Purpose – This paper aims to present a paradigm shift in the way leaders are developed, more suited to the new order that is emerging as the recession recedes. Design/methodology/approach – The prevailing notion that leadership is synonymous with being in control of an organization is challenged, together with the belief that leadership development is primarily concerned with modifying behavior in line with a set of success criteria. The paper explores how these twin assumptions contributed to the financial crisis, and presents an alternative approach based on research with high achievers experiencing severe stress. Findings – Practices that leaders use to retain a sense of balance and resourcefulness are defined, along with those associated with pursuing work irresponsibly. These form the basis of an alternative approach to the development of leaders – “sustainable leadership” – predicated on the integration of three core individual processes and their engagement with the culture of the organization. Practical examples of applying this approach in the current business environment are described. Research limitations/implications – Future research might consider the effect of developing sustainable leadership on the long‐term performance of the organization and its responsibilities in the broader environment. Practical implications – in order to foster leadership that acts in service to the long‐term health and performance of the organization and its broader environment, it is necessary to adopt an approach to leadership development that recognizes that the leader's physical and psychological health determines effective performance, and that business and markets do not operate in isolation from society but are inextricably linked. Originality/value – The paper addresses how to sustain the leader's psychological and physiological health and their performance, and the link between this and creating sustainable organizations.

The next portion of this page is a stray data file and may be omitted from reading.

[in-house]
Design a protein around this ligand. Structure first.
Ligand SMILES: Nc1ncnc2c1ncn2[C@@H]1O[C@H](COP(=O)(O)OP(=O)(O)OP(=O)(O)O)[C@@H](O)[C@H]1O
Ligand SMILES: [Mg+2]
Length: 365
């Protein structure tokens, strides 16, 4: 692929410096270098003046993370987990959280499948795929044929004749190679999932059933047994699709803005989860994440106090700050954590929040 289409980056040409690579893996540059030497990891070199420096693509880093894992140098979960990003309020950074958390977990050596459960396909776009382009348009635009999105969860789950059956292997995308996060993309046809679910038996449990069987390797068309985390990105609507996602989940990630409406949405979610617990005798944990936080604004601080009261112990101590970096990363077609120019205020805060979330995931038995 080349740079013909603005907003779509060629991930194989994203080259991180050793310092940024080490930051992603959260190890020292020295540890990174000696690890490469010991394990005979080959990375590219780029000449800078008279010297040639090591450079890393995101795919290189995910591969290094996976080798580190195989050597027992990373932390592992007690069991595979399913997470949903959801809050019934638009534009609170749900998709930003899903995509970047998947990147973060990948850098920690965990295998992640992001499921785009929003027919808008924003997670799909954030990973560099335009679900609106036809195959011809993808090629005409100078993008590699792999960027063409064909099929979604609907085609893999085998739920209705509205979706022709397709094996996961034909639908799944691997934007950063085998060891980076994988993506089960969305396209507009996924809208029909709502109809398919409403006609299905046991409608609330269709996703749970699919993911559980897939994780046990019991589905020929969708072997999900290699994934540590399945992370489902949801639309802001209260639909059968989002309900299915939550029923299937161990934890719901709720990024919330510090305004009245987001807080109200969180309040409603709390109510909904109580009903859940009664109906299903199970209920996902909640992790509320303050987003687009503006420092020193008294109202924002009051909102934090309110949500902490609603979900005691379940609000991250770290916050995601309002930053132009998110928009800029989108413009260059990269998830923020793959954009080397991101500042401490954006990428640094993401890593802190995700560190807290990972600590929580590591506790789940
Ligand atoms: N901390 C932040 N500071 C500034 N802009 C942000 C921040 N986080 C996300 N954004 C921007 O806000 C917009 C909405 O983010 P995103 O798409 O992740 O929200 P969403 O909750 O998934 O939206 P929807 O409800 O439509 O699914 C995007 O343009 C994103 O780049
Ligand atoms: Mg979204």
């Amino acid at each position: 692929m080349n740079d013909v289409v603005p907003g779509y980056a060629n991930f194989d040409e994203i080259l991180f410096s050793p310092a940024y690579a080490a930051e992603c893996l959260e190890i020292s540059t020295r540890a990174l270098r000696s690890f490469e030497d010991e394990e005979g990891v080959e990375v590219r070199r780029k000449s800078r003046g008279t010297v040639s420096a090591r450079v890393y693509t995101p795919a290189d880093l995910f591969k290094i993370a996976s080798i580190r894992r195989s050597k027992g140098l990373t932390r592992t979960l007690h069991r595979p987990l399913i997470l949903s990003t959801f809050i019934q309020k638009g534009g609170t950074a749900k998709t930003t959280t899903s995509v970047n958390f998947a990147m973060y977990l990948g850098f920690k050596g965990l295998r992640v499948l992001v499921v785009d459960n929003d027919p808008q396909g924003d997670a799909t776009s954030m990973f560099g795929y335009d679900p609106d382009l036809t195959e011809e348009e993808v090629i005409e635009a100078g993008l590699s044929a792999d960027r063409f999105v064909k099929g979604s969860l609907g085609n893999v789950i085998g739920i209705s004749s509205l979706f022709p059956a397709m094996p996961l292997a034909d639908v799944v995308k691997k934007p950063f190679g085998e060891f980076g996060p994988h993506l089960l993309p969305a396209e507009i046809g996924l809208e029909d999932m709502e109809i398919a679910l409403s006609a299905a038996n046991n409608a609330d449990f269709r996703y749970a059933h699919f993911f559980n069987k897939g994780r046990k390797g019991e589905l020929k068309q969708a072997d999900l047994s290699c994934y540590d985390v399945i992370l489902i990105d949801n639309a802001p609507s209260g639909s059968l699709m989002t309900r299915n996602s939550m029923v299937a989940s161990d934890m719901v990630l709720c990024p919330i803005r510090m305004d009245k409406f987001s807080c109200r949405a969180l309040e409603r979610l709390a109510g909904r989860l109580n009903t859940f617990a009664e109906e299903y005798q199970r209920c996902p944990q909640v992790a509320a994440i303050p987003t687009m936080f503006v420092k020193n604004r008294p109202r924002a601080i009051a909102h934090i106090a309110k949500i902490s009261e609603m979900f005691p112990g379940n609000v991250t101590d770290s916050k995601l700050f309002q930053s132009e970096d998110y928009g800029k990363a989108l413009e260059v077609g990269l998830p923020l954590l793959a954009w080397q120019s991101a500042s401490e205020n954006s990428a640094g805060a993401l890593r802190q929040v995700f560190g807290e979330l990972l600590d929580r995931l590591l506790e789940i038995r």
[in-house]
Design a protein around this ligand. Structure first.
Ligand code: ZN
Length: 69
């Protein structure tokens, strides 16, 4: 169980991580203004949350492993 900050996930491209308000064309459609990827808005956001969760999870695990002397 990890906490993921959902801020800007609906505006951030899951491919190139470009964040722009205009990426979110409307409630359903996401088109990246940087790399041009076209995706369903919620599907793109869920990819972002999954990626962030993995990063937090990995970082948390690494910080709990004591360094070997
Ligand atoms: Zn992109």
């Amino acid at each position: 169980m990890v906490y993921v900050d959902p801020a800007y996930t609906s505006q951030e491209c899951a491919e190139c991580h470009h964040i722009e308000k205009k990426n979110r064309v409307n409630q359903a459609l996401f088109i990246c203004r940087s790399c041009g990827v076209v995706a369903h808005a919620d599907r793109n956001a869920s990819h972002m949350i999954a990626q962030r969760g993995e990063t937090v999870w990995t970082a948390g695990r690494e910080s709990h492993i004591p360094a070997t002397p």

Industrial and Commercial Training – Emerald Publishing
Published: Sep 7, 2010
Keywords: Leadership development; Financial services; Economic disequilibrium; Leaders; Risk analysis
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